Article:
Antedating of "Bibliography"

Geoffrey Nunberg nunberg at CSLI.STANFORD.EDU
Sat Jan 24 02:33:21 UTC 2004

This is another one of those historical shape-shifters, isn't it? In
the 17th & 18th c's "library" was sometimes used in the modern sense
of 'bibliography', as the OED notes. (Roger Chartier has a very good
discussion of these words in L'Ordre des Livres.)

In French and Italian, I've seen 'bibliographie' and 'bibliografia'
used in direct opposition to 'epigraphie/epigrafia' -- that is, to
mean writing in books, as opposed to writing on walls. The historian
Armando Petrucci makes the distinction this way in his book la
Scrittura, and I think it's adopted in the English translation from
U. Chicago Press, which was called Public Lettering. I've never seen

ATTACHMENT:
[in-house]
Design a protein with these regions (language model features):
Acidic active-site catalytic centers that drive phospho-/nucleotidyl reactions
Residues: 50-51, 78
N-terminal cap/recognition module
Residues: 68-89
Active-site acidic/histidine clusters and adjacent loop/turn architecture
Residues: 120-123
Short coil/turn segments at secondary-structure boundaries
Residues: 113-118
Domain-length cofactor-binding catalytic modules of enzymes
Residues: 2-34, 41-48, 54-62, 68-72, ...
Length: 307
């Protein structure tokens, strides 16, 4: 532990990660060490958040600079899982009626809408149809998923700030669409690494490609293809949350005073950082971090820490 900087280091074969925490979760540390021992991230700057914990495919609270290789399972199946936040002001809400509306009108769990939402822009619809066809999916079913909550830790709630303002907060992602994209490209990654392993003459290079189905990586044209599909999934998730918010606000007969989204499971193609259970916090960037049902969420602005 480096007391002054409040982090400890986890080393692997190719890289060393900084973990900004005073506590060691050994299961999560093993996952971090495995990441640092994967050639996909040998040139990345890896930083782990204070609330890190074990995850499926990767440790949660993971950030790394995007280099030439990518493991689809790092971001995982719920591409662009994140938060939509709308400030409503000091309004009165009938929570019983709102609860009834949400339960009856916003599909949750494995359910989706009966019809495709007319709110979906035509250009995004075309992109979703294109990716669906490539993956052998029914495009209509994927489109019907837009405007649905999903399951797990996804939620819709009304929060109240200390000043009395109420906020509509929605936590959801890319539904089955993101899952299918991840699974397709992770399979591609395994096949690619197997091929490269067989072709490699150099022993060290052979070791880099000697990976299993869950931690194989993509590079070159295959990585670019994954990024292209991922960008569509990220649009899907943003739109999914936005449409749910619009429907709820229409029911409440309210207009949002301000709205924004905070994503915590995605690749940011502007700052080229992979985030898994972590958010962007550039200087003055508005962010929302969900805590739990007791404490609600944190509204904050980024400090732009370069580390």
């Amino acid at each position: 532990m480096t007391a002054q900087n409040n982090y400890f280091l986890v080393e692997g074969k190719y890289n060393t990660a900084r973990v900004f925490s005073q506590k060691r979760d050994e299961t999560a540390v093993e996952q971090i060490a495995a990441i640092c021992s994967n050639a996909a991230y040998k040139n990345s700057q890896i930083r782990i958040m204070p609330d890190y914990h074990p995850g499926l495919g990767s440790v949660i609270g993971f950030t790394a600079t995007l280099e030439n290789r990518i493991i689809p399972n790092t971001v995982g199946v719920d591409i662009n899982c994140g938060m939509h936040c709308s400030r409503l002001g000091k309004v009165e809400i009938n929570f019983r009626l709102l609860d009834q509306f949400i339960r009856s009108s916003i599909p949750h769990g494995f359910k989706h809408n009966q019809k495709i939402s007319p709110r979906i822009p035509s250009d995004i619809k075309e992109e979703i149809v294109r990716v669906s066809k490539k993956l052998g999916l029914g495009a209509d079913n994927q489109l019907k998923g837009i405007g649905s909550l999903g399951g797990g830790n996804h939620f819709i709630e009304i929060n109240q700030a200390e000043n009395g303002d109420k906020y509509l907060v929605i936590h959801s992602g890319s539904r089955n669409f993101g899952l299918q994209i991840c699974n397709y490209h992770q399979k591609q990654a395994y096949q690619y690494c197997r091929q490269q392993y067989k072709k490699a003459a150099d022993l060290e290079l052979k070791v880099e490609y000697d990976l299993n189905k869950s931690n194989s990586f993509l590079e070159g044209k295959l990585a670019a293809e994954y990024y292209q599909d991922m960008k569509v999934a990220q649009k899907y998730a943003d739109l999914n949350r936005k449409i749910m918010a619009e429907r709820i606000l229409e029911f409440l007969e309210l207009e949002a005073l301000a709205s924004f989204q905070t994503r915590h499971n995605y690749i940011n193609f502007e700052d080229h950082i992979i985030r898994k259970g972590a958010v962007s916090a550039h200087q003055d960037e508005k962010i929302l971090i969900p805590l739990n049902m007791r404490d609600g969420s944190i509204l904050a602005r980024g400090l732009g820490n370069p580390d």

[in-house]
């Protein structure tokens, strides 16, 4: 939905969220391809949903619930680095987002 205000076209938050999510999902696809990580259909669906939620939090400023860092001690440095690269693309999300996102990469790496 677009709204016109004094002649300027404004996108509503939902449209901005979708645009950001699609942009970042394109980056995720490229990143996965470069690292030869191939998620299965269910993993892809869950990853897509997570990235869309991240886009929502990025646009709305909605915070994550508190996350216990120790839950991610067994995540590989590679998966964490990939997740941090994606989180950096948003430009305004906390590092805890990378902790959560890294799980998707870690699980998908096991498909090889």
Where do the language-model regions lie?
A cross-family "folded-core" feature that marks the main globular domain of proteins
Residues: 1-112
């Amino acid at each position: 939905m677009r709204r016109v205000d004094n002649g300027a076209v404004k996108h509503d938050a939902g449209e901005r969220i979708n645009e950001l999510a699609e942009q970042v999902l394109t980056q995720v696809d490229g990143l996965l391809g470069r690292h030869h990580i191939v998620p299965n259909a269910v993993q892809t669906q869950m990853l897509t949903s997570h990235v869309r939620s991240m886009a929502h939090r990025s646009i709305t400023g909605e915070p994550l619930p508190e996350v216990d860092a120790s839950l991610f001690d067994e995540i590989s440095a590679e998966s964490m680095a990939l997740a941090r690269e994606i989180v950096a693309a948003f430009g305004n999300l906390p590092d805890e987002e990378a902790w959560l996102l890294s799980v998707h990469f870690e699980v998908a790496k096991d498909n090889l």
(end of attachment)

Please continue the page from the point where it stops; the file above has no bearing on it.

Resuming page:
the word used this way in non-translated English, and the OED doesn't
mention it, but you'd figure someone would have used the word like
this somewhere along the way. Is there anything in the OED files?


>---------------------- Information from the mail header
>Sender:       American Dialect Society <ADS-L at LISTSERV.UGA.EDU>
>Poster:       Fred Shapiro <fred.shapiro at YALE.EDU>
>Subject:      Antedating of "Bibliography"
>bibliography (OED, 2., 1814)
>1756 Abel Boyer _Dictionnaire royal, francois-anglois et
>anglois-francois, tire des meilleurs auteurs qui ont ecrit dans ces deux
>langues. Nouvelle edition, revue, corrigee, & augmentee
>considerablement_ 71 (Eighteenth Century Collections Online_ 71
>BIBLIOGRAPHIE ... _Bibliography_, the knowledge of the ancient way of
>writings, and _manuscripts_.
>Fred Shapiro
>Fred R. Shapiro                             Editor
>Associate Librarian for Collections and     YALE DICTIONARY OF QUOTATIONS
>   Access and Lecturer in Legal Research     Yale University Press,
>Yale Law School                             forthcoming
>e-mail: fred.shapiro at     

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